Are you buying the right interconnects ?

In the late 90's I purchased a pair of Paradigm Active 20 speakers from Definitive Audio. Prior to buying I purchased a 3 meter pair of MIT interconnects from Audio Advisor. Regular retail price was $700 and they were on sale for 50% off. 
Hooked every thing up and waited a month for a full burn in. Wasn't satisfied. I thought, whats going on here? So I decided to try the Paradigm stock interconnects that came with the speakers. They were twenty feet long and looked really, really cheap like you find in a department store. They cost $20 a pair. I switched them out and was blown away.
The sound from those 20's suddenly sounded, rich, full, very sweet top end and the bass sharpened up to complete focus. I called Paradigm and spoke to an engineer and asked why the sound difference? He said the MIT's are not a match since they are a high impedance/capacitance cable and it has nothing to with the price. He mentioned the impedance/capacitance value numbers vary with different brands. He said you should always talk to the engineers at the amp/preamp companies, and ask which cable values would best match their components. Once you get the specs, go to a local electronic supply house, the one's that sell cables to TV station's and radio station's. Give the measurements to the salesperson to find a match and your good to go. 
My story is a bit like kymanor1 except with a different cable manufacturer.  The system I have now started, for the most part, in 1991 - 1992 with the amps, pre-amp and speakers remaining the same . I too tried many cables from lending libraries, friends and others with an occasional stop along the way until I had Straightwire Maestro speaker cables and interconnects in the system. When I changed CD/SACD players they loaned me some to try and I wound up with Virtuoso silver for the CD and most recently Expressivo for the streamer.   Great people.  Let your ears be your guide.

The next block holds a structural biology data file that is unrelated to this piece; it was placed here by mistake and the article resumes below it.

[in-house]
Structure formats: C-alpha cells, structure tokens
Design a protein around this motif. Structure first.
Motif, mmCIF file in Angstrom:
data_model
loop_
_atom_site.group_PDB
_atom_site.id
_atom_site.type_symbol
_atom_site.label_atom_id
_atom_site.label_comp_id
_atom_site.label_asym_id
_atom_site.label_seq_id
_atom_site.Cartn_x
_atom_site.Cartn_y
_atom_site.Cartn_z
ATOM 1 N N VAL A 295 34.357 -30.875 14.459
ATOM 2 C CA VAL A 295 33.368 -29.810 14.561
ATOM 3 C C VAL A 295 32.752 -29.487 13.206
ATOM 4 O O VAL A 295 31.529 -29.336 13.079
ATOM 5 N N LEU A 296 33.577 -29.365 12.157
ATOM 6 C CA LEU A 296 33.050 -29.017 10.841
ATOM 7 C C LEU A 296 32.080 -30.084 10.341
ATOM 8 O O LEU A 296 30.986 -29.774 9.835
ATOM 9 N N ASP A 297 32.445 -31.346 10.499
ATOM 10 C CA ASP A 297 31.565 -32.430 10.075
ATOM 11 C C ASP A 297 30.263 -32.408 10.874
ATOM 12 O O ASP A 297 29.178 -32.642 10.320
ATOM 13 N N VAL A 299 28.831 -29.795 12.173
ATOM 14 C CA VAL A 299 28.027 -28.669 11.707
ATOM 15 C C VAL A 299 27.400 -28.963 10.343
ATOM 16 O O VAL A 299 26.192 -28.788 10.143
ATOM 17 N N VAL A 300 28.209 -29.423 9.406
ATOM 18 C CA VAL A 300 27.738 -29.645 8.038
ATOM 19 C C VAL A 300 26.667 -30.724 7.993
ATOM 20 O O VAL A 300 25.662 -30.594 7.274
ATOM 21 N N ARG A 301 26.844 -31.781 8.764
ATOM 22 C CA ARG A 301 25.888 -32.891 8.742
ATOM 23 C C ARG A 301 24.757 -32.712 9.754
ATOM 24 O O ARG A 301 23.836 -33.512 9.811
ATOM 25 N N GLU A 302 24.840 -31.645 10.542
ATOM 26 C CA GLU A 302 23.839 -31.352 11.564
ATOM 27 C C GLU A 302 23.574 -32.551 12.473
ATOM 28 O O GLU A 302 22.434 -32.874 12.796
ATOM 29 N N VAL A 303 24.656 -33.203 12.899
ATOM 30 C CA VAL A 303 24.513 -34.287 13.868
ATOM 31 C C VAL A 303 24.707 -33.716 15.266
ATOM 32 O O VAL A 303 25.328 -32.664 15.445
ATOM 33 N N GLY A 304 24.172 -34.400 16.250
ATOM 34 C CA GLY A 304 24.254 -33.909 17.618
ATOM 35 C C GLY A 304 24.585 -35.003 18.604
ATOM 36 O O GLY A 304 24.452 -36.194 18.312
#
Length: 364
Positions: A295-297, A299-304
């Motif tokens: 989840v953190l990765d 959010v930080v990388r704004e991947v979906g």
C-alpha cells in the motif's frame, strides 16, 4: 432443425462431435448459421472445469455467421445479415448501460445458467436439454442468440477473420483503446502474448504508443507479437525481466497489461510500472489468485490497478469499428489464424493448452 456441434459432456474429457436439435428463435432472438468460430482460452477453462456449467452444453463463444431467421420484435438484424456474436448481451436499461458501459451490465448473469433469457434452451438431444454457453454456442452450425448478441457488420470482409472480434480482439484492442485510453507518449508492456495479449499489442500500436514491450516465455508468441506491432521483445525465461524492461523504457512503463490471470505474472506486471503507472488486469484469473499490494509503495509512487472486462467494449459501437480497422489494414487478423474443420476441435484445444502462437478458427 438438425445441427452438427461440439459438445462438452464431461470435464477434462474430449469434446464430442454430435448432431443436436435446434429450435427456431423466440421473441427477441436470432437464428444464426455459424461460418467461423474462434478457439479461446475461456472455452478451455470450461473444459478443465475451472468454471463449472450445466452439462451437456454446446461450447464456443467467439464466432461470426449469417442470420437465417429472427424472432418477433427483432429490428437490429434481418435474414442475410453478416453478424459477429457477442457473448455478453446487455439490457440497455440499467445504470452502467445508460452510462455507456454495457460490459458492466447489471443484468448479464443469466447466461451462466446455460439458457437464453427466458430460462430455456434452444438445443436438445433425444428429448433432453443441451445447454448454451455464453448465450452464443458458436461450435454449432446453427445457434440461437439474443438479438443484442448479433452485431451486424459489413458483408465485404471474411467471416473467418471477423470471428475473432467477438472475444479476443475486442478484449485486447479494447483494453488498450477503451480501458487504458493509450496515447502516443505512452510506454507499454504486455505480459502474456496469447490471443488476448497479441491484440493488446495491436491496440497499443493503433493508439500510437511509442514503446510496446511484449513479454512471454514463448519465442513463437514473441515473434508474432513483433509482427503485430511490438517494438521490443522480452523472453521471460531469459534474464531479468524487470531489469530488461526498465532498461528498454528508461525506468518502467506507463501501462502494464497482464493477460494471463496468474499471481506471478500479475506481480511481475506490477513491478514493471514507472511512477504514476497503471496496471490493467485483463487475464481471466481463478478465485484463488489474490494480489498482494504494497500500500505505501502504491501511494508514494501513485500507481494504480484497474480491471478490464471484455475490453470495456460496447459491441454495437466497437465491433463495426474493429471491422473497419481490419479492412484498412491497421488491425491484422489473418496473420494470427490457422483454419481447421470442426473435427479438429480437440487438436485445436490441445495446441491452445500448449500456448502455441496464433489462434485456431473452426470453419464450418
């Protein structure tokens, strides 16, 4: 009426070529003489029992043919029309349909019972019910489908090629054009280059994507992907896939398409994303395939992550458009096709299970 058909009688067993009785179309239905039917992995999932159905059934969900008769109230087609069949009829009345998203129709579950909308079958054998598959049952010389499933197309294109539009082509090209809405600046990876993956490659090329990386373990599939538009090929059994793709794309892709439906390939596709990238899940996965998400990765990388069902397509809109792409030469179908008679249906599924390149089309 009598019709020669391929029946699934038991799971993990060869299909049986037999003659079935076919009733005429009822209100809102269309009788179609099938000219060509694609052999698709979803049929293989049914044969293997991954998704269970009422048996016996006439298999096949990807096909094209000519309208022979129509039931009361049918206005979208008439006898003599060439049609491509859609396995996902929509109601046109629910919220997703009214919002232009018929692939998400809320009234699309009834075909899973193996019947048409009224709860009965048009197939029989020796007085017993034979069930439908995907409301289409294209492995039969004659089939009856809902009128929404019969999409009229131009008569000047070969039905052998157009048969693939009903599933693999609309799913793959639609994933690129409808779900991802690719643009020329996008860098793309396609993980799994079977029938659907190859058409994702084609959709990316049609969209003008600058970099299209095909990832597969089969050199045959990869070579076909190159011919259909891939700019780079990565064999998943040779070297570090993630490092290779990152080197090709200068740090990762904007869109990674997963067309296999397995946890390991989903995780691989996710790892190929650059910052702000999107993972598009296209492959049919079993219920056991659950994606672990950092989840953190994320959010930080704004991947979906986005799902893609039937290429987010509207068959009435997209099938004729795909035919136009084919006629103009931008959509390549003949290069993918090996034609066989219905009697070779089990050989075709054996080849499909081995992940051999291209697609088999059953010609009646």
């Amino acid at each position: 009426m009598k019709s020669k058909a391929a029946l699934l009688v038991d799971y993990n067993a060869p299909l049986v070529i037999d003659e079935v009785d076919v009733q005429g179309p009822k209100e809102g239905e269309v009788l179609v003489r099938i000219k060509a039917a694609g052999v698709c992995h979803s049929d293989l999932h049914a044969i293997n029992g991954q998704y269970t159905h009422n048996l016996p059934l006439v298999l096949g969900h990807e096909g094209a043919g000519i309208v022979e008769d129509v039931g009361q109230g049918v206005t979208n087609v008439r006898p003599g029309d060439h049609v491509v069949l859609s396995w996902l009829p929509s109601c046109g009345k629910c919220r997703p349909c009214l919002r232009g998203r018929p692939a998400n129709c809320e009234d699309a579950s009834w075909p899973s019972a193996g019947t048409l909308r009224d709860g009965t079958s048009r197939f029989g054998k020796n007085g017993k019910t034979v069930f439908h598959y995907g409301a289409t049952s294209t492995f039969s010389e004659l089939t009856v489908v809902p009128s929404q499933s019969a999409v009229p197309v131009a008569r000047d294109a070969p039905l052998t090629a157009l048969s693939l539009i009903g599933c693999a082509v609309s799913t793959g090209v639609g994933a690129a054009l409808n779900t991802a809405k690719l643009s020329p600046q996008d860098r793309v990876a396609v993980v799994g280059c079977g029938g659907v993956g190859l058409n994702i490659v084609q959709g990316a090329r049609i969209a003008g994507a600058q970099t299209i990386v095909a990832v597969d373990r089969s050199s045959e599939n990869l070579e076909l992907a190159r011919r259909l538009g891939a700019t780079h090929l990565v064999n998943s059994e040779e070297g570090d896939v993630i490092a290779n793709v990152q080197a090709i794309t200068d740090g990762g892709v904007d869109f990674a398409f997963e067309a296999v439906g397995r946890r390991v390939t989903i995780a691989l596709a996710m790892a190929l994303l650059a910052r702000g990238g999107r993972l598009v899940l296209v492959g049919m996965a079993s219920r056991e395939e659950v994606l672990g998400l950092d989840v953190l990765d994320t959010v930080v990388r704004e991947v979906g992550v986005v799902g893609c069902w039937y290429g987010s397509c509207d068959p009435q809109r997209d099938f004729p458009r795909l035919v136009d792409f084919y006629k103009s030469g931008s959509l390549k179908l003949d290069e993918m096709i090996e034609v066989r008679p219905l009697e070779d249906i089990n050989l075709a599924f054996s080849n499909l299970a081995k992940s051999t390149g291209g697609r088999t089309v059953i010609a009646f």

MIT? Massachusetts Institute of Technology? How prestigious is that?
Oh right, MIT cables actually has nothing to do with the Massachusetts Institute of Technology - amazing how many audio buffs I've talked to over the years who thought there was a connection.

There are four things paramount in good cables - low capacitance, low inductance, low resistance and a quality connection. Still the best coating according to industry standards (whether signal or data transfer)  is a thin layer of PTFE or Polyethylene, with shielding (only if necessary)  in locations of high EMI/RFI or when near an unshielded transformer.

I do not believe that all cables sound alike - some cheep, poorly made cables, assembled with poor conductors and cheep connectors, sound bad and some very expensive cables sound even worse.

Uber expensive cables (usually of dubious, design, fraught with outrageous, unfounded claims) play to the egos of those who believe that they alone have super-human hearing that demands something extraordinary or simply have more money than technical understanding or good sense......IMO.....Jim